Capitol Hill will likely become a battleground this year in a contentious debate between musicians and record labels on one side and radio broadcasters on the other. The Performance Rights Act–which would require radio stations to pay royalties to artists and labels for songs they broadcast–will be reintroduced in Congress this week according to this article on Billboard.com.
While webcasters, satellite radio, cable radio services and all other non-terrestrial broadcasters already pay performance royalties to artists and labels, terrestrial radio stations have always enjoyed an exemption from paying such royalties. This exemption arose in the infancy of the radio industry when broadcasters claimed that radio play served as promotion to drive music sales. They also asserted that compelling them to pay royalties would cripple the emerging radio industry.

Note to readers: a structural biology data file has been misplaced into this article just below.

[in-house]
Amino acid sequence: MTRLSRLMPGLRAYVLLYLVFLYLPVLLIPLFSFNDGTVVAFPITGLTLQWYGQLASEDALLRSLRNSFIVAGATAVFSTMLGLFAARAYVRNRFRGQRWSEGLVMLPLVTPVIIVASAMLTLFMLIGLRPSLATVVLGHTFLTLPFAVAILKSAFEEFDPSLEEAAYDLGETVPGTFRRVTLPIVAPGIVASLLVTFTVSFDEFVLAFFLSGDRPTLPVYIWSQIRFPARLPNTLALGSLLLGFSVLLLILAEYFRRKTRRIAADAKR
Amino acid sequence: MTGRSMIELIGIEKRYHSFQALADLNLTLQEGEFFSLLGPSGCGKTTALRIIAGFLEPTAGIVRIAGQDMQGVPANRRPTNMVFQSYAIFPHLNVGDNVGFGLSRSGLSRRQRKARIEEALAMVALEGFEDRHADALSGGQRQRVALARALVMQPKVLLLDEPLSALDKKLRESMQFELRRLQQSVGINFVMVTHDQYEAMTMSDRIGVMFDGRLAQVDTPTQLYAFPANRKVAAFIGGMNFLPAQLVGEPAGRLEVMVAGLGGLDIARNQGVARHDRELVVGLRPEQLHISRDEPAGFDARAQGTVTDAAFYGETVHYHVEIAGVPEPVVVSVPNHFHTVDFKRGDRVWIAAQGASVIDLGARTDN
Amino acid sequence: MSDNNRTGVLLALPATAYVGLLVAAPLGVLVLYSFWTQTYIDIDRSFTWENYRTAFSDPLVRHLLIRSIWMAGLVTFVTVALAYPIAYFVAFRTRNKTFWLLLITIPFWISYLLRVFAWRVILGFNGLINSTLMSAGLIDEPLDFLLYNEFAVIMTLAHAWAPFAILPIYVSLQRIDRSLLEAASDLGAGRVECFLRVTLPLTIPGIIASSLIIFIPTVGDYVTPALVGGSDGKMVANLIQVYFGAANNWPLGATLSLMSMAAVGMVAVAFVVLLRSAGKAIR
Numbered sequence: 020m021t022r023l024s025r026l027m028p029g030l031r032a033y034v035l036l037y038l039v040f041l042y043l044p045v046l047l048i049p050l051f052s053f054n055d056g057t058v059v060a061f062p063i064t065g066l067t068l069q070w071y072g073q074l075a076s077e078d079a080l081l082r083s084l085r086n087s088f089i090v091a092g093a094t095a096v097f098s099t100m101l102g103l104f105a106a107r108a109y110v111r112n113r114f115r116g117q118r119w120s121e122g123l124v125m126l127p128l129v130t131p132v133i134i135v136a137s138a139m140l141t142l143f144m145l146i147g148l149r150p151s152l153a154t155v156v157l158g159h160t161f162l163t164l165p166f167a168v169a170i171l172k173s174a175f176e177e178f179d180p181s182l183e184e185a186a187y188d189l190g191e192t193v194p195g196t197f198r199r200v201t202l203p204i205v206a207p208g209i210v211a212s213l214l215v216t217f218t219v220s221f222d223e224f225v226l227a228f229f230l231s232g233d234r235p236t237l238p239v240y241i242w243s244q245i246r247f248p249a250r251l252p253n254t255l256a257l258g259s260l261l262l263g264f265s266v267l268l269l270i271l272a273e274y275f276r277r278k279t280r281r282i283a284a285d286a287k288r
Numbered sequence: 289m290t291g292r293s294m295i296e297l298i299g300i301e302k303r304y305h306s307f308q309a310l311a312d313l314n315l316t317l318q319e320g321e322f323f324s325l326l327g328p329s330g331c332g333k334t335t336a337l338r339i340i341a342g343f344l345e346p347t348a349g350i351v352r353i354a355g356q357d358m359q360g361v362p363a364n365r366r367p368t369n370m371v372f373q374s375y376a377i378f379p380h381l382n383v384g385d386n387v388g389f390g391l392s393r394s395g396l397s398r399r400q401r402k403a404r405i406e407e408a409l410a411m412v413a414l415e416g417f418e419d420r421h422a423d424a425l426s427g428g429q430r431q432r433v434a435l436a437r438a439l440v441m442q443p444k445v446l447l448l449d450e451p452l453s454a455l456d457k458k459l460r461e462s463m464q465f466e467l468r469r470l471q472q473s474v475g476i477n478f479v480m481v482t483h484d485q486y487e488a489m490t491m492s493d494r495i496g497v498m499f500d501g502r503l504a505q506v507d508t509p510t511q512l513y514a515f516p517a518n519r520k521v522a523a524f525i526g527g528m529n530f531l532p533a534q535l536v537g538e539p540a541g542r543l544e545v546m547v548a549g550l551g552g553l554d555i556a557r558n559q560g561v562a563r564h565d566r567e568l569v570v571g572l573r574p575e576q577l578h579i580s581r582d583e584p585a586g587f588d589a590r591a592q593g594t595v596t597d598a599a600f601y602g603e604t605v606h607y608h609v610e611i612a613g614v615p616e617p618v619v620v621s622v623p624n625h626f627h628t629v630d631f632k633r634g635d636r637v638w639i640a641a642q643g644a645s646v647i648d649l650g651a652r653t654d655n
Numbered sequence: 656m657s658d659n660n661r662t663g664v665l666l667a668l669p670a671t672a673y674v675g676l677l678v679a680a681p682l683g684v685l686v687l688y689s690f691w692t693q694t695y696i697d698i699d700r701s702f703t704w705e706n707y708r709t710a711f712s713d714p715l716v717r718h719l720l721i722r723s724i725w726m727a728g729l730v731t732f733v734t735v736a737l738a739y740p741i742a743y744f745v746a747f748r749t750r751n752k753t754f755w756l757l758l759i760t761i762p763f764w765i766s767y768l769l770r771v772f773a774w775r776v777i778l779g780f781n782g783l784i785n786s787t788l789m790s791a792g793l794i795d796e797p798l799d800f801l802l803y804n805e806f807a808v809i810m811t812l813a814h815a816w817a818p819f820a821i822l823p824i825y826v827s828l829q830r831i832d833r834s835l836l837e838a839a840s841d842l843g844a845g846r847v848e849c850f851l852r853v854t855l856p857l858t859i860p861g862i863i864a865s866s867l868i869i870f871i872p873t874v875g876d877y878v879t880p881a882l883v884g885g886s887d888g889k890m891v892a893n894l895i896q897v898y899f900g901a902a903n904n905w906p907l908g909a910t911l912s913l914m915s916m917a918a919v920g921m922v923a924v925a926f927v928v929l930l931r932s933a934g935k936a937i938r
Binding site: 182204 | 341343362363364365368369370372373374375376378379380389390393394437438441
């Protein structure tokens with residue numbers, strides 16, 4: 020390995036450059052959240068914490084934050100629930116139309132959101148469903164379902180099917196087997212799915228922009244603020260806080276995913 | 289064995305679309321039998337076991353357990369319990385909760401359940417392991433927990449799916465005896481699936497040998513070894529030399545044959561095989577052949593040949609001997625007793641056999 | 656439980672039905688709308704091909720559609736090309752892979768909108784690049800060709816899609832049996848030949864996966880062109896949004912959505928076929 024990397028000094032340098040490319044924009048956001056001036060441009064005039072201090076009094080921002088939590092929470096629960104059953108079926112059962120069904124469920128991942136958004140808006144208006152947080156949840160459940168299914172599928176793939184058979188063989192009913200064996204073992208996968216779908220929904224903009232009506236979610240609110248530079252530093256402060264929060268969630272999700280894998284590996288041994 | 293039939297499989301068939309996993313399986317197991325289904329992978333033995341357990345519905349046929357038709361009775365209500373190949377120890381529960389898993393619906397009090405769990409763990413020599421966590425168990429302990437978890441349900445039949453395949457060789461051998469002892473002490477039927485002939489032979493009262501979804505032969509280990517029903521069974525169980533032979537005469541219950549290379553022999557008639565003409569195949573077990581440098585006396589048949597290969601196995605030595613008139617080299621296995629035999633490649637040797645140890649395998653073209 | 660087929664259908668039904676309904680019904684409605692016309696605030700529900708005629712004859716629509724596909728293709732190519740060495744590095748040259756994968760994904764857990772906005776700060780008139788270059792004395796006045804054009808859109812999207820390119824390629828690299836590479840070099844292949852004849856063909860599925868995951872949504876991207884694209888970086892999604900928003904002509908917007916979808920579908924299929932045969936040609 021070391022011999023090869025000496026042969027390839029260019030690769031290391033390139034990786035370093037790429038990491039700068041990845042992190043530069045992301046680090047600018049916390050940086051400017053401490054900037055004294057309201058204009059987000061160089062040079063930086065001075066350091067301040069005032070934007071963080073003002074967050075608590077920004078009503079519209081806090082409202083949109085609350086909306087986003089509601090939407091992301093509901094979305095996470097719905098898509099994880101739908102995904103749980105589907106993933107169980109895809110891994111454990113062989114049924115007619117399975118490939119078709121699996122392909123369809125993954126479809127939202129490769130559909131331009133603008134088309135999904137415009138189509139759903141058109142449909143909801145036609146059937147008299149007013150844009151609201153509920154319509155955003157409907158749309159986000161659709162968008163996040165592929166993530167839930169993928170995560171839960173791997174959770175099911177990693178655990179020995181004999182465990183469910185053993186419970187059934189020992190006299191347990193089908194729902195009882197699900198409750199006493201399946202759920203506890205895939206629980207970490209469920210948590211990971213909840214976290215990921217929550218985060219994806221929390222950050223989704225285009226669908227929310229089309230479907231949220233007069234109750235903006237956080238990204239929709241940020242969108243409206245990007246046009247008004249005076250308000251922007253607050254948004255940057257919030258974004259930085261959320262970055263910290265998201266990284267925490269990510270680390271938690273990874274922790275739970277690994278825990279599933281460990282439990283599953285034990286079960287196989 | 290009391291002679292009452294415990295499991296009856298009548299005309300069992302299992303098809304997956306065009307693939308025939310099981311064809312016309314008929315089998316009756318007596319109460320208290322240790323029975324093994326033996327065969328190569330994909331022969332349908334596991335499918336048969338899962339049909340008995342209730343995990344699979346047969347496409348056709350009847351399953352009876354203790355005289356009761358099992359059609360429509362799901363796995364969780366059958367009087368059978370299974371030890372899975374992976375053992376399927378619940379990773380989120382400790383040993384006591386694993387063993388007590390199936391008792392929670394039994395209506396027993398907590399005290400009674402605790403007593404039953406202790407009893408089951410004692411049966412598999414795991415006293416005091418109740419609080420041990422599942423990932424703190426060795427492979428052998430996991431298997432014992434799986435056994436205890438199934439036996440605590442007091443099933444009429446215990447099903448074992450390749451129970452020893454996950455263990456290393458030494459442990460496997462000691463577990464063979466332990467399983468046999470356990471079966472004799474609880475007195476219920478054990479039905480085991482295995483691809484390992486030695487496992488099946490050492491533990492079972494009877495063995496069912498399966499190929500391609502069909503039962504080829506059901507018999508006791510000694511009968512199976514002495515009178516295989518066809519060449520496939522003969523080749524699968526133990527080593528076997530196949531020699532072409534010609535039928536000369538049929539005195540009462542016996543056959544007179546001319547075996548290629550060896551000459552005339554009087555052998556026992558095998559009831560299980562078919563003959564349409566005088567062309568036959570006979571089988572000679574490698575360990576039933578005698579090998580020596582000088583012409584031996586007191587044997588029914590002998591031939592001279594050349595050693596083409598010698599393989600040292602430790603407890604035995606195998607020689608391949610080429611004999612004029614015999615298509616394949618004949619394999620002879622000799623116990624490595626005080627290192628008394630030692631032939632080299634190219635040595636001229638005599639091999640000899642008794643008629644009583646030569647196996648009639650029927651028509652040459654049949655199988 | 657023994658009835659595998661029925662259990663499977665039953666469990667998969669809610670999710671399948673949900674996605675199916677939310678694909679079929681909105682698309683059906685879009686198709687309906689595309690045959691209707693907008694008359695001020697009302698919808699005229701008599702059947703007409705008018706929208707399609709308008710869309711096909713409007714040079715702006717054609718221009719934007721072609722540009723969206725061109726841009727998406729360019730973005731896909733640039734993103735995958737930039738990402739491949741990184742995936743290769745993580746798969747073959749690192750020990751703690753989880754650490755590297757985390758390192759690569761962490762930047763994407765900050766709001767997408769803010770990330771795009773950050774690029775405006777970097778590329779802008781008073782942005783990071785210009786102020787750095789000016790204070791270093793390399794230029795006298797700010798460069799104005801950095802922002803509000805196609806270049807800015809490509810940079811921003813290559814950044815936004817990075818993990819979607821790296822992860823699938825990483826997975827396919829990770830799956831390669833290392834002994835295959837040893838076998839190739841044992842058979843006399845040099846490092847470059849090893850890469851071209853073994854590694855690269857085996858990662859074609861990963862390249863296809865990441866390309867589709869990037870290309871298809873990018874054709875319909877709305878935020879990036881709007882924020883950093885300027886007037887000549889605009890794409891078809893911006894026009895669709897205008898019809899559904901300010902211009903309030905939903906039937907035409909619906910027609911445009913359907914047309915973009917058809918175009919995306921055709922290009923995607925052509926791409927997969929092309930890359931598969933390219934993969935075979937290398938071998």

Such an argument may be losing its steam since webcasters, satellite radio, cable radio services and all other non-terrestrial broadcasters have paid performance royalties since their inception. In addition, the US is one of the only countries in the world where performance royalties are not paid for radio broadcasts.
We’ll keep a eye on the bill as it is introduced and makes its way through committee.